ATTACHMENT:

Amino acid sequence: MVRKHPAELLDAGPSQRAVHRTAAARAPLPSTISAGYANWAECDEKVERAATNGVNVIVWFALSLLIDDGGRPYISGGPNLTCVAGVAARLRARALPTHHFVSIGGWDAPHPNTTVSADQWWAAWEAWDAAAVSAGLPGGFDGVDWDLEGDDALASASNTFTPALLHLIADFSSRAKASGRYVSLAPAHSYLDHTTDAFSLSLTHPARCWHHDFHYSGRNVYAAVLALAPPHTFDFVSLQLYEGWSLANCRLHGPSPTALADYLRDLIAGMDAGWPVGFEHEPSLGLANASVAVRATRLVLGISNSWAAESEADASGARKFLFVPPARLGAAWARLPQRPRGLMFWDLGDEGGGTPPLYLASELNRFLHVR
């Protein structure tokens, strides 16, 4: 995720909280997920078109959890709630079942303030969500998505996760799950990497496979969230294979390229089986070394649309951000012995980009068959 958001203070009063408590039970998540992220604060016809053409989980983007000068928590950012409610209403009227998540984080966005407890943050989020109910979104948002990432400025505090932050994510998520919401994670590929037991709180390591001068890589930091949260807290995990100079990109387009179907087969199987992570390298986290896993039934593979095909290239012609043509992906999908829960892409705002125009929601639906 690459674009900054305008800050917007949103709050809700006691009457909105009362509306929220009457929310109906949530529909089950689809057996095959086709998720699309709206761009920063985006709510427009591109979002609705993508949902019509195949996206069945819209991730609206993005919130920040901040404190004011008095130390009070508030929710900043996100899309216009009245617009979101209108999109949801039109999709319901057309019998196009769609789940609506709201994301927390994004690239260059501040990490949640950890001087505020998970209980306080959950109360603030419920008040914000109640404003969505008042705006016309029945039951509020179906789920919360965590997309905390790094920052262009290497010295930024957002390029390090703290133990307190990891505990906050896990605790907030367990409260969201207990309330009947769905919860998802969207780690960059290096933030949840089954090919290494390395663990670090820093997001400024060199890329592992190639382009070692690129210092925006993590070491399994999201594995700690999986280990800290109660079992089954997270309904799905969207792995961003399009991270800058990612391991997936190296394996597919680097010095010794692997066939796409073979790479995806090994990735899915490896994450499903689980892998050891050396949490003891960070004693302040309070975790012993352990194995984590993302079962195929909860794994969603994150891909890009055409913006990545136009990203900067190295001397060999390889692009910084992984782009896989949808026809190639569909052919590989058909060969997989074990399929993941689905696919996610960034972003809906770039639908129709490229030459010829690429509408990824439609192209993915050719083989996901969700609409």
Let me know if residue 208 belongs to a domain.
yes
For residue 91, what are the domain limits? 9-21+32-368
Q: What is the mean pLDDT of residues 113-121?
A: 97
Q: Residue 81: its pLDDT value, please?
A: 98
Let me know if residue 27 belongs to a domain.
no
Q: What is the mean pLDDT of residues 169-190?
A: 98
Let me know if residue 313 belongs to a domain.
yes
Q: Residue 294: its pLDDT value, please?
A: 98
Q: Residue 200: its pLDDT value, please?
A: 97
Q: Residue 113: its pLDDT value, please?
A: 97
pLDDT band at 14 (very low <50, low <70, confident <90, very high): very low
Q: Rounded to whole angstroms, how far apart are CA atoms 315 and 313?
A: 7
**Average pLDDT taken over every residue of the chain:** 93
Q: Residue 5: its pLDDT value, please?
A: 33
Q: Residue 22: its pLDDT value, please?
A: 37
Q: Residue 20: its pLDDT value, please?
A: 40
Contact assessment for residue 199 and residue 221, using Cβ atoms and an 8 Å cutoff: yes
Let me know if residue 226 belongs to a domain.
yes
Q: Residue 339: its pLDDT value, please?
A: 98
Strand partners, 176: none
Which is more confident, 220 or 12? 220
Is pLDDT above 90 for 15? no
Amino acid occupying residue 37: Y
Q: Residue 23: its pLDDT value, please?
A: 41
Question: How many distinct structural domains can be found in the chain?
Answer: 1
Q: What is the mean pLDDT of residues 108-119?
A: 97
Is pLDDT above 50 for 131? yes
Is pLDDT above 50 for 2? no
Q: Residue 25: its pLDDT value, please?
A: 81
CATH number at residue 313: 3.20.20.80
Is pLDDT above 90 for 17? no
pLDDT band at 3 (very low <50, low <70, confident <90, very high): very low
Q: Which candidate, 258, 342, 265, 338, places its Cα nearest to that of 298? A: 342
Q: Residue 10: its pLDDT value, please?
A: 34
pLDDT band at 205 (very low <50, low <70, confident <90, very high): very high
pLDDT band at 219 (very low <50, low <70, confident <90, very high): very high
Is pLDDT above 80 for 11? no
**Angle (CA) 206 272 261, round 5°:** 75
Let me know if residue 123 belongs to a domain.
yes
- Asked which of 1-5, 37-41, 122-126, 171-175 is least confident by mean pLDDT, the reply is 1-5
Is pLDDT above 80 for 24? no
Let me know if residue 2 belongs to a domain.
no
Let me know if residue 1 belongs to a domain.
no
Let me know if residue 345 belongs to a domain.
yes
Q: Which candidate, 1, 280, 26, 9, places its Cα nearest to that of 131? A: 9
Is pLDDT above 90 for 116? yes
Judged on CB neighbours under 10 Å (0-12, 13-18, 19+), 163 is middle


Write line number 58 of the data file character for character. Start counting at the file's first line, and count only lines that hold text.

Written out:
pLDDT band at 219 (very low <50, low <70, confident <90, very high): very high